Dr. Ali: It was a number of things. One, spending so much time out in communities and seeing how hard they had worked over the years to get certain policies in place, to get resources to other communities, to get attention to their communities that were being impacted. Then seeing that the new administration just gave no concern whatsoever to that, and knowing that the things that they were trying to deconstruct and the offices that they were trying to get rid of, resources that they were trying to get rid of was going to have devastating effects in our most vulnerable communities, in communities of color, low income communities, and indigenous populations.
I knew the result of that was going to be that more people are going gonna get sick, and unfortunately, more people are going to die: and I knew that I couldn’t be a part of that. Morally or spiritually it’s not something that I could be supportive of. I tried to stick around for a little while, and hoped they weren’t going to do those types of things. But when I saw that they were very serious about putting the crosshairs on these communities I knew that I needed to remove myself, and take the skills I have to the outside to better be able to fight against that.
WMEAC: In your role at the Hip Hop Caucus, how do you see climate, environmental justice & community revitalization connecting with Hip Hop?
Dr. Ali: Oh without a doubt. I mean at the Hip Hop Caucus there are a couple of different ways. One is the “Respect My Vote” campaign. The caucus has been a part of getting about six hundred thousand young people, returning citizens, communities of color engaged in the civic process of voting, and realizing how that vote can translate into change you can translate into helping to protect your community, to translate into making sure the resources that are necessary make it to the community.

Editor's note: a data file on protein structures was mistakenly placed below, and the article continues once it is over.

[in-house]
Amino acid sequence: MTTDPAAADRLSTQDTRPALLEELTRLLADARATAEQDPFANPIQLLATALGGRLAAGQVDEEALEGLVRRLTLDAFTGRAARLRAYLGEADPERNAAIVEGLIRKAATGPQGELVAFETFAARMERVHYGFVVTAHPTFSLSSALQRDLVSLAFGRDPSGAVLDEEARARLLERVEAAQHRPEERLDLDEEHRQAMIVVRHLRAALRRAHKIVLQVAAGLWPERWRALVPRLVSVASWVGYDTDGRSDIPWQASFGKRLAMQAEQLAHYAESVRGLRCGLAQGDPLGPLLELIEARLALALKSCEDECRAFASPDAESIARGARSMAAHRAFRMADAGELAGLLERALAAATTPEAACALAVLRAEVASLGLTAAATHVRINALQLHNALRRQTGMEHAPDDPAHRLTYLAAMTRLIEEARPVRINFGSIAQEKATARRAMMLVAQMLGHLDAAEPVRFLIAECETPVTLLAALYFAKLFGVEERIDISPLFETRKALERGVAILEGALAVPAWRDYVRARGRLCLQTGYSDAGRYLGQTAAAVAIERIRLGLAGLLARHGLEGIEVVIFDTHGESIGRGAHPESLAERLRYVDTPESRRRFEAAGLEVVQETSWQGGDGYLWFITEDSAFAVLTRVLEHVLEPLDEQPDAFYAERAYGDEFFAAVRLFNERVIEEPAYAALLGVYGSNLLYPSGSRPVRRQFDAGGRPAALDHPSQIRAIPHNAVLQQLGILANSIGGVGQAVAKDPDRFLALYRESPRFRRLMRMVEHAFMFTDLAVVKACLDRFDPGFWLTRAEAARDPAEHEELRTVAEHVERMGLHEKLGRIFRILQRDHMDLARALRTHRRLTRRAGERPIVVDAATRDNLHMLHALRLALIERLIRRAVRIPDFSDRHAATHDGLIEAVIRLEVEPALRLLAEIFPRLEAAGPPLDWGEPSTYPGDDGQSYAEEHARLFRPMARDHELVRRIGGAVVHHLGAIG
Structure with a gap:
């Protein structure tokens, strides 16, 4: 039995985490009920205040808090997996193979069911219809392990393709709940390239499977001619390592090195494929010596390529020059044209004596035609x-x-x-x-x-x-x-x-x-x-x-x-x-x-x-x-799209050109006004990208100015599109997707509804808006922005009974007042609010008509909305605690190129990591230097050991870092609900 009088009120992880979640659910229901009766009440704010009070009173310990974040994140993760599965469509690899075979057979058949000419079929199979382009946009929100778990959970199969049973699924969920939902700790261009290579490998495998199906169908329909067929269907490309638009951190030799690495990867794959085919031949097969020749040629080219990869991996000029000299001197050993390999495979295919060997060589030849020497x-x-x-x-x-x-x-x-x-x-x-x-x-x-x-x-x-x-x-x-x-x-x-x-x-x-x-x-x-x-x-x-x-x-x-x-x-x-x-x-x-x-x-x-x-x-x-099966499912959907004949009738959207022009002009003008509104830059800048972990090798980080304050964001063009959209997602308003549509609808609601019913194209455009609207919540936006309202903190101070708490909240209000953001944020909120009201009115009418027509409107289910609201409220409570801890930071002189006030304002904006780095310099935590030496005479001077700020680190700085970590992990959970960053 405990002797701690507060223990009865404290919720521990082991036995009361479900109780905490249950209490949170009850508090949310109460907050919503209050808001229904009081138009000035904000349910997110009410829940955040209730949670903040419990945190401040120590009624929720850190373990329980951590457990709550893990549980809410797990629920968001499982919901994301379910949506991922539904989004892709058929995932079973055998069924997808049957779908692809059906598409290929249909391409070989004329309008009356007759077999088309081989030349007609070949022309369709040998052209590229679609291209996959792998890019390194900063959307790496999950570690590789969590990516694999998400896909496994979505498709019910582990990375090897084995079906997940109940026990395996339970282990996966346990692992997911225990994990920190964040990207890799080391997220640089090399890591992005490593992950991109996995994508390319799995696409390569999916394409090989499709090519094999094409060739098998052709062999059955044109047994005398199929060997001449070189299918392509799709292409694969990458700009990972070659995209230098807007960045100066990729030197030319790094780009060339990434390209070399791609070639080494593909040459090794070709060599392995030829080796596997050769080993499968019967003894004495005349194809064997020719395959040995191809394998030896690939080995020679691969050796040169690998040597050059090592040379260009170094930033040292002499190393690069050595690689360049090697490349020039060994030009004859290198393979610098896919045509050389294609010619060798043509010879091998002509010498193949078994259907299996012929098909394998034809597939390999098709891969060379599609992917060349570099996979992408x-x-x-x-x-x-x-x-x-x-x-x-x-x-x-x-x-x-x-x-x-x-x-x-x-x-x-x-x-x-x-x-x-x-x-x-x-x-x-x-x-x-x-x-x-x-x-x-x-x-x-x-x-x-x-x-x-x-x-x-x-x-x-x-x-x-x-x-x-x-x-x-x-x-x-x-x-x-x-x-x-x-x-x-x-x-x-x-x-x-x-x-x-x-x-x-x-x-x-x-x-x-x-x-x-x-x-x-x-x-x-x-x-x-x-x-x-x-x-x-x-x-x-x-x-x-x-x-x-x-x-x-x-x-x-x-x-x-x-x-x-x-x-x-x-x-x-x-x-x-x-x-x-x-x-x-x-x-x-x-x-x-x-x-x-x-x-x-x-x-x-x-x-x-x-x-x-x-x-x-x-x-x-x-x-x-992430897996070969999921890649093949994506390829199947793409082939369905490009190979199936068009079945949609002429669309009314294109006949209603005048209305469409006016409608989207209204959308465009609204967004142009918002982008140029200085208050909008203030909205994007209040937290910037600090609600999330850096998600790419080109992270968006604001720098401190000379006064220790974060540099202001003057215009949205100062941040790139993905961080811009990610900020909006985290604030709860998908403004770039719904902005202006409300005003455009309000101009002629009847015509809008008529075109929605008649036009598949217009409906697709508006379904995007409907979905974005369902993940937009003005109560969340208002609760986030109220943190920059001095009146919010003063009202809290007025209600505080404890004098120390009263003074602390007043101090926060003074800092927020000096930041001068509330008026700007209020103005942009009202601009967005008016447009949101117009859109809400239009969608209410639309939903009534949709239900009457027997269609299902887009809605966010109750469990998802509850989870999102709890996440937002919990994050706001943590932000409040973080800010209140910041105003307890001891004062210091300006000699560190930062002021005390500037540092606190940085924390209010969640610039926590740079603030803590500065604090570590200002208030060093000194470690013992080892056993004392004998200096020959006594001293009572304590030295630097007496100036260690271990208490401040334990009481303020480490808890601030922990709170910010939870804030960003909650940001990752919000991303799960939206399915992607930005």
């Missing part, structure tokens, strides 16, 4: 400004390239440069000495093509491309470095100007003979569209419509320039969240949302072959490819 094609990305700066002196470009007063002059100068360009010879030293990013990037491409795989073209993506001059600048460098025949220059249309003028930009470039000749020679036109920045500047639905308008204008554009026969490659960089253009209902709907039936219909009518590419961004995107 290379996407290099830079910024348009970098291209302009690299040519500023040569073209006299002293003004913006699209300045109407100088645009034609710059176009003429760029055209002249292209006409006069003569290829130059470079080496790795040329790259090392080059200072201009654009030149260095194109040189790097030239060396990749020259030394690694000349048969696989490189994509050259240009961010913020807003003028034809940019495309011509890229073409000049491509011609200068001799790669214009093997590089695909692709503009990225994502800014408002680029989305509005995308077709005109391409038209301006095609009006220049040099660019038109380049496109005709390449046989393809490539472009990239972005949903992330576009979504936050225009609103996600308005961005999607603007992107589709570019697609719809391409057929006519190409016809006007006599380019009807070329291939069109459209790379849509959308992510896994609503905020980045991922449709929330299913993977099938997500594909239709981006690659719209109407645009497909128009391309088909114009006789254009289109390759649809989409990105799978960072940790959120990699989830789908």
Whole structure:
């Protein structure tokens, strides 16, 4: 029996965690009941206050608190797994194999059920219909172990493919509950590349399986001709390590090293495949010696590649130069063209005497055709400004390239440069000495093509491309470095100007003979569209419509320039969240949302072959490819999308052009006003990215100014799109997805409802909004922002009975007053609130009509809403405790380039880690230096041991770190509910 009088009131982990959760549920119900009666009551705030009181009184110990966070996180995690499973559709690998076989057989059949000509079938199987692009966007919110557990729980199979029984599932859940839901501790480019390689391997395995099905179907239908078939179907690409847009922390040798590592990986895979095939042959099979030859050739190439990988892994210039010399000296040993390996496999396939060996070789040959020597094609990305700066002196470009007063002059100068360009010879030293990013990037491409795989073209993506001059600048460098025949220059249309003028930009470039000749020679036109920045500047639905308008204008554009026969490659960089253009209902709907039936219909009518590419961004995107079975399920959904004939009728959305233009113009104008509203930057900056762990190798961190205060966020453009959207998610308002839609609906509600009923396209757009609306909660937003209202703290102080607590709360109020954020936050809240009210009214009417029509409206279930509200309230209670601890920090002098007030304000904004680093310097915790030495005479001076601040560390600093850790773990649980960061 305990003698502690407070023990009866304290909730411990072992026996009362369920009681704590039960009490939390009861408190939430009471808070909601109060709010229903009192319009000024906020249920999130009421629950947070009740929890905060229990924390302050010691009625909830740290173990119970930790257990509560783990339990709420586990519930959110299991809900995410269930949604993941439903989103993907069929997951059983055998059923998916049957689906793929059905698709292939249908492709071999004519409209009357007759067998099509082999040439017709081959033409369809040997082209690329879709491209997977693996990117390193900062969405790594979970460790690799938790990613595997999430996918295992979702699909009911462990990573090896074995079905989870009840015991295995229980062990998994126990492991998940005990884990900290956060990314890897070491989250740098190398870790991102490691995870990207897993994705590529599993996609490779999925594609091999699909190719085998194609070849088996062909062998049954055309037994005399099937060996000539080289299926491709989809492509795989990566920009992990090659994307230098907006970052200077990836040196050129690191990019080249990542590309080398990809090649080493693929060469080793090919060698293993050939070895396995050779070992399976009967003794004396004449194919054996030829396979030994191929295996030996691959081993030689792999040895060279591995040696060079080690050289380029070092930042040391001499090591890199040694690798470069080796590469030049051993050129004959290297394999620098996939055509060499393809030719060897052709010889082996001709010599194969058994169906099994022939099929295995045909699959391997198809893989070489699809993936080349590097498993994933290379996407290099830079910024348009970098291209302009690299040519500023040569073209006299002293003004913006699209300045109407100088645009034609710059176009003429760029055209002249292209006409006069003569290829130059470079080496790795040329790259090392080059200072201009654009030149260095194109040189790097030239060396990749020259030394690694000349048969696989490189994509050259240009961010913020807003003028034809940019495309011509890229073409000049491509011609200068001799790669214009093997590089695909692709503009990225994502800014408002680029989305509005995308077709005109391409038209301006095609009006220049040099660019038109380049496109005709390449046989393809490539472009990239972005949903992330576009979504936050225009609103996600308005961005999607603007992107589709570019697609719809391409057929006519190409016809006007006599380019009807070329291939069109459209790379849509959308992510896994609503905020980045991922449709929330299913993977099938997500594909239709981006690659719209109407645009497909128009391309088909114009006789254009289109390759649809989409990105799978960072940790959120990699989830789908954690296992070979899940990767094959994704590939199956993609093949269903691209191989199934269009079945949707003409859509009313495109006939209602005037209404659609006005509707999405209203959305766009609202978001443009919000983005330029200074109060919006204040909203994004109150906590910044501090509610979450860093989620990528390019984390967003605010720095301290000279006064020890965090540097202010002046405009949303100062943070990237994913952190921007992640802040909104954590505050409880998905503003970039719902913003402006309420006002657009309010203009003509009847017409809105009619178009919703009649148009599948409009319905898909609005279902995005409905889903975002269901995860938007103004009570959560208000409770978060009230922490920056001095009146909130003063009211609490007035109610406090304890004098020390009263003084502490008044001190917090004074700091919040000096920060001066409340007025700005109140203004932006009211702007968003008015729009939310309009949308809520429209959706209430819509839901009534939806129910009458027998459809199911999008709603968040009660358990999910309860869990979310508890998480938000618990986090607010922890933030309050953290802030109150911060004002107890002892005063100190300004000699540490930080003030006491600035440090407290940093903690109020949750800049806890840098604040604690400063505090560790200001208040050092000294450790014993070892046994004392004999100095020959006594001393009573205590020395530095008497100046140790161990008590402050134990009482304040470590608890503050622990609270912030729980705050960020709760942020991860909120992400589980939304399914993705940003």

The second way is through working with those artists and entertainers who utilize their platform to help people to understand that they have power on some of the issues that are going on. I was recently at the NAACP image awards and Beyoncé was there. I remember when, after the hurricanes came through Houston, Beyoncé utilized her celebrity to bring attention to help people to understand that: yeah, climate change is real, and the floods that are coming because of these storms are impacting vulnerable communities. But she was also right there helping to pass out food and water. You see that there are a number of artists around the country — actually around the world — who are getting engaged on social justice issues, climate justice issues, and environmental justice issues. That’s powerful, and that’s why the two years that I spent at the caucus were so important in building those relationships and helping artists and entertainers to have a deeper understanding of some of these issues: and then them using their words and their God given blessings to be able to spread their message.
WMEAC: Can you tell me a little bit about the “Think 100%” podcast?
Dr. Ali: Oh yeah. “Think one hundred percent, the coolest show on climate change.” Reverend Yearwood and I pulled it together. We have the national radio show and the podcast. We were intentional on wanting to make sure that the voices that often are unheard and unseen had a platform, [like] young leaders. We’ve been really blessed because we have been ahead of the curve. We had the sunrise movement on before much of the country knew who the sunrise movement is: and now everybody knows, and rightly so, because of the Green New Deal. So we’re really cool with all of them.
We’ve had many of the people who are running for president on, we have the environmental justice leaders on, we’ve had cultural influencers on, a number of artists and other entertainers who have been on it. So it gives us a chance to make sure that those stories that people might not have ever heard about get told, and also to make the connections.